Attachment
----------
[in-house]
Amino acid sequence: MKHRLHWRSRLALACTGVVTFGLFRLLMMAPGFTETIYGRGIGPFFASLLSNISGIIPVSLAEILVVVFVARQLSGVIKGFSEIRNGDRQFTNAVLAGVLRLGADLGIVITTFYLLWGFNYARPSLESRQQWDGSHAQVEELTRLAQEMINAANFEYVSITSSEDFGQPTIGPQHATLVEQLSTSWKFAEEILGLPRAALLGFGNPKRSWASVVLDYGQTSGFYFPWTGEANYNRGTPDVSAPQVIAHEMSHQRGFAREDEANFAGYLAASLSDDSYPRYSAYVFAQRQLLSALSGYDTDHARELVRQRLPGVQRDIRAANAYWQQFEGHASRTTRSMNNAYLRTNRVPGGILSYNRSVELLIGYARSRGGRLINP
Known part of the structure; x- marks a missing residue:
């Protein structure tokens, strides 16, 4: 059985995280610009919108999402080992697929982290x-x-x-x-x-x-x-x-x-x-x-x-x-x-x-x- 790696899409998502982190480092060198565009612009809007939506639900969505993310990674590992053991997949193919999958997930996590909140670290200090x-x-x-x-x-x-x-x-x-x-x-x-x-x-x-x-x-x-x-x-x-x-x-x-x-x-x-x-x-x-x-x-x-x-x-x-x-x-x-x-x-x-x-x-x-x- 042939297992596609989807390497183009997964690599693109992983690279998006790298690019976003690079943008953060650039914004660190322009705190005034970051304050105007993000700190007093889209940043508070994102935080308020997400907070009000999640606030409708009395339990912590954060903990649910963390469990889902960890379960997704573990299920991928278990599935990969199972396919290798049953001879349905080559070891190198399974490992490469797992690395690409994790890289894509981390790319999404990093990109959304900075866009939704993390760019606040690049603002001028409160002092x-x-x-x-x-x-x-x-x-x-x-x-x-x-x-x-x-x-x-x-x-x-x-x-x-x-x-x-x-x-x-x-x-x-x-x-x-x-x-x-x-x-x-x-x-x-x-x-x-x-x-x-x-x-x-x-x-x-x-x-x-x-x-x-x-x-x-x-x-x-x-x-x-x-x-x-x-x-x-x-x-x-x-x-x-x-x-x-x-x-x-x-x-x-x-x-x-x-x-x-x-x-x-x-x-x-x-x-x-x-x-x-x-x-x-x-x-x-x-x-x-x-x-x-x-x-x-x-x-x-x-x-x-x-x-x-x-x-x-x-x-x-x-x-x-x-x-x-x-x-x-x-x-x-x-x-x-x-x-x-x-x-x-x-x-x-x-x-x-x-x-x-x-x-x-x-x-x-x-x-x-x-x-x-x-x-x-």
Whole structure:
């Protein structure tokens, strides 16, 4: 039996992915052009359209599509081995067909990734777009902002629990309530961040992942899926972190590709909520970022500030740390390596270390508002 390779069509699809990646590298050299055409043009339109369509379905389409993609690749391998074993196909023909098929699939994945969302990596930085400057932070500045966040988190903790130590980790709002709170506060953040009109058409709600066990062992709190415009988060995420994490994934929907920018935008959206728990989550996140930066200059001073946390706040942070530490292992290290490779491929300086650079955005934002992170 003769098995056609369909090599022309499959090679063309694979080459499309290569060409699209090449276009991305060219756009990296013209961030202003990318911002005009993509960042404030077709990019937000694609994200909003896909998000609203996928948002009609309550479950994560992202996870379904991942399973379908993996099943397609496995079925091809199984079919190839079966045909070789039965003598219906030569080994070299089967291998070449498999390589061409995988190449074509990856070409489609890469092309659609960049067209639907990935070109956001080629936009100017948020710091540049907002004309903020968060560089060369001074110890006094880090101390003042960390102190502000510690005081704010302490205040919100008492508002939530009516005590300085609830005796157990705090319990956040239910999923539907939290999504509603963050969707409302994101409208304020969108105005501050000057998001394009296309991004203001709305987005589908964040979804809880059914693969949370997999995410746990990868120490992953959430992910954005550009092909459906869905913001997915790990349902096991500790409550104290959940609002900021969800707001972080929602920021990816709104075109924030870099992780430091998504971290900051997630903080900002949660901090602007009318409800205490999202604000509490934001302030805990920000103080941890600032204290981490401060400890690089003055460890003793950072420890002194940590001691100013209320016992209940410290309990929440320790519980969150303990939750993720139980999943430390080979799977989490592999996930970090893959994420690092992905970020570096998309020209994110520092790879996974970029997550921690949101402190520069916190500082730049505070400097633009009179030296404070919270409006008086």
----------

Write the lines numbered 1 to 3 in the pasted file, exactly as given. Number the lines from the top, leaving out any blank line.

[in-house]
Amino acid sequence: MKHRLHWRSRLALACTGVVTFGLFRLLMMAPGFTETIYGRGIGPFFASLLSNISGIIPVSLAEILVVVFVARQLSGVIKGFSEIRNGDRQFTNAVLAGVLRLGADLGIVITTFYLLWGFNYARPSLESRQQWDGSHAQVEELTRLAQEMINAANFEYVSITSSEDFGQPTIGPQHATLVEQLSTSWKFAEEILGLPRAALLGFGNPKRSWASVVLDYGQTSGFYFPWTGEANYNRGTPDVSAPQVIAHEMSHQRGFAREDEANFAGYLAASLSDDSYPRYSAYVFAQRQLLSALSGYDTDHARELVRQRLPGVQRDIRAANAYWQQFEGHASRTTRSMNNAYLRTNRVPGGILSYNRSVELLIGYARSRGGRLINP
Known part of the structure; x- marks a missing residue: